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KMT2B-related disorders: expansion of the phenotypic spectrum and long-term efficacy of deep brain stimulation

Cif, L; Demailly, D; Lin, J-P; Barwick, KE; Sa, M; Abela, L; Malhotra, S; ... Kurian, MA; + view all (2020) KMT2B-related disorders: expansion of the phenotypic spectrum and long-term efficacy of deep brain stimulation. Brain , 143 (11) pp. 3242-3261. 10.1093/brain/awaa304. Green open access

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Abstract

Heterozygous mutations in KMT2B are associated with an early-onset, progressive and often complex dystonia (DYT28). Key characteristics of typical disease include focal motor features at disease presentation, evolving through a caudocranial pattern into generalized dystonia, with prominent oromandibular, laryngeal and cervical involvement. Although KMT2B-related disease is emerging as one of the most common causes of early-onset genetic dystonia, much remains to be understood about the full spectrum of the disease. We describe a cohort of 53 patients with KMT2B mutations, with detailed delineation of their clinical phenotype and molecular genetic features. We report new disease presentations, including atypical patterns of dystonia evolution and a subgroup of patients with a non-dystonic neurodevelopmental phenotype. In addition to the previously reported systemic features, our study has identified co-morbidities, including the risk of status dystonicus, intrauterine growth retardation, and endocrinopathies. Analysis of this study cohort (n = 53) in tandem with published cases (n = 80) revealed that patients with chromosomal deletions and protein truncating variants had a significantly higher burden of systemic disease (with earlier onset of dystonia) than those with missense variants. Eighteen individuals had detailed longitudinal data available after insertion of deep brain stimulation for medically refractory dystonia. Median age at deep brain stimulation was 11.5 years (range: 4.5–37.0 years). Follow-up after deep brain stimulation ranged from 0.25 to 22 years. Significant improvement of motor function and disability (as assessed by the Burke Fahn Marsden’s Dystonia Rating Scales, BFMDRS-M and BFMDRS-D) was evident at 6 months, 1 year and last follow-up (motor, P = 0.001, P = 0.004, and P = 0.012; disability, P = 0.009, P = 0.002 and P = 0.012). At 1 year post-deep brain stimulation, >50% of subjects showed BFMDRS-M and BFMDRS-D improvements of >30%. In the long-term deep brain stimulation cohort (deep brain stimulation inserted for >5 years, n = 8), improvement of >30% was maintained in 5/8 and 3/8 subjects for the BFMDRS-M and BFMDRS-D, respectively. The greatest BFMDRS-M improvements were observed for trunk (53.2%) and cervical (50.5%) dystonia, with less clinical impact on laryngeal dystonia. Improvements in gait dystonia decreased from 20.9% at 1 year to 16.2% at last assessment; no patient maintained a fully independent gait. Reduction of BFMDRS-D was maintained for swallowing (52.9%). Five patients developed mild parkinsonism following deep brain stimulation. KMT2B-related disease comprises an expanding continuum from infancy to adulthood, with early evidence of genotype-phenotype correlations. Except for laryngeal dysphonia, deep brain stimulation provides a significant improvement in quality of life and function with sustained clinical benefit depending on symptoms distribution.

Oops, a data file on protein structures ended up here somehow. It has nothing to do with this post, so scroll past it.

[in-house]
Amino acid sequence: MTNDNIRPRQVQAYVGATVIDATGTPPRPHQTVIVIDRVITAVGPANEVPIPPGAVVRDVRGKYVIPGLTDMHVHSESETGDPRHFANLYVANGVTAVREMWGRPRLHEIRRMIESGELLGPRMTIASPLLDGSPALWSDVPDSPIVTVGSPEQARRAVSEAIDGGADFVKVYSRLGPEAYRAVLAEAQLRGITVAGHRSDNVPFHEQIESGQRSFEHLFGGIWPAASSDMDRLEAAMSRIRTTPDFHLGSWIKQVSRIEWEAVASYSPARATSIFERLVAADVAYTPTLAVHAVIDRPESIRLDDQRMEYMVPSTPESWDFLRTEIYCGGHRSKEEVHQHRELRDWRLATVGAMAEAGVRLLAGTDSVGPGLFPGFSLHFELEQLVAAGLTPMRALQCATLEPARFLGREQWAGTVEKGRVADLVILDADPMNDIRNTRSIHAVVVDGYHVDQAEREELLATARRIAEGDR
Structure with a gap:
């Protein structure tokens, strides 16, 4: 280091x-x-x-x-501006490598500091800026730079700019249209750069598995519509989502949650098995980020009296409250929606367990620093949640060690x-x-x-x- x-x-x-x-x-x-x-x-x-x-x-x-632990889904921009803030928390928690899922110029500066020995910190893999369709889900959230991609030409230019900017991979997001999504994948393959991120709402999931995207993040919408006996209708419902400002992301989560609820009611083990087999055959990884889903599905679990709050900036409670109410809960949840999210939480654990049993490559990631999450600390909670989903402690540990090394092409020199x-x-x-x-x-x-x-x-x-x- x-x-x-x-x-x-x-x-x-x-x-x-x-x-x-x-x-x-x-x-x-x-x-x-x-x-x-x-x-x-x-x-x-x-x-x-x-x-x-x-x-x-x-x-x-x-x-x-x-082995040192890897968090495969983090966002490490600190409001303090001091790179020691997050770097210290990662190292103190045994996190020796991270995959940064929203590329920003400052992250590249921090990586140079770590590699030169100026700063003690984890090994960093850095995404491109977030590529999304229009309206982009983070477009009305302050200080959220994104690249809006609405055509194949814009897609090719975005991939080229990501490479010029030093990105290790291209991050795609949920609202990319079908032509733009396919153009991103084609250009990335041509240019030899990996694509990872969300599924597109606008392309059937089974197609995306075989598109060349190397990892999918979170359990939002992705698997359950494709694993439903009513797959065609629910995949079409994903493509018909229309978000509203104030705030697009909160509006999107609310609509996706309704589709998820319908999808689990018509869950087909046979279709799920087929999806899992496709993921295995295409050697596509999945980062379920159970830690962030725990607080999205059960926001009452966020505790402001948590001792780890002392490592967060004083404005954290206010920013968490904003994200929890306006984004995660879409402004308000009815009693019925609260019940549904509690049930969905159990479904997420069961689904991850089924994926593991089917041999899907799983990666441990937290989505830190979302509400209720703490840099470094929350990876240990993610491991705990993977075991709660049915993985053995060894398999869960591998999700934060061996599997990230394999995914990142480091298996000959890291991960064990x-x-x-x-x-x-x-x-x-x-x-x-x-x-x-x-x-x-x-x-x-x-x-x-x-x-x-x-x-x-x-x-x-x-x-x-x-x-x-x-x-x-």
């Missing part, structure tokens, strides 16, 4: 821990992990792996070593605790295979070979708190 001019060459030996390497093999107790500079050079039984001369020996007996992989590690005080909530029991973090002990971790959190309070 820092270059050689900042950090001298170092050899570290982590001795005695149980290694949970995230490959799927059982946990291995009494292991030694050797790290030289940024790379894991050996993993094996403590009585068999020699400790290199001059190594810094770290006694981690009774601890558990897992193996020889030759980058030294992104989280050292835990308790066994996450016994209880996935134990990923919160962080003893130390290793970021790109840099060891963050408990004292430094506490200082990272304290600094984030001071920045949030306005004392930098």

Type: Article
Title: KMT2B-related disorders: expansion of the phenotypic spectrum and long-term efficacy of deep brain stimulation
Location: England
Open access status: An open access version is available from UCL Discovery
DOI: 10.1093/brain/awaa304
Publisher version: https://doi.org/10.1093/brain/awaa304
Language: English
Additional information: This version is the author accepted manuscript. For information on re-use, please refer to the publisher’s terms and conditions.
Keywords: KMT2B, deep brain stimulation (DBS), dystonia, genetics, neurodevelopment
UCL classification: UCL
UCL > Provost and Vice Provost Offices > School of Life and Medical Sciences
UCL > Provost and Vice Provost Offices > School of Life and Medical Sciences > Faculty of Brain Sciences
UCL > Provost and Vice Provost Offices > School of Life and Medical Sciences > Faculty of Brain Sciences > UCL Queen Square Institute of Neurology
UCL > Provost and Vice Provost Offices > School of Life and Medical Sciences > Faculty of Brain Sciences > UCL Queen Square Institute of Neurology > Clinical and Movement Neurosciences
UCL > Provost and Vice Provost Offices > School of Life and Medical Sciences > Faculty of Population Health Sciences > UCL GOS Institute of Child Health
UCL > Provost and Vice Provost Offices > School of Life and Medical Sciences > Faculty of Population Health Sciences > UCL GOS Institute of Child Health > Developmental Neurosciences Dept
URI: https://discovery.ucl.ac.uk/id/eprint/10117508
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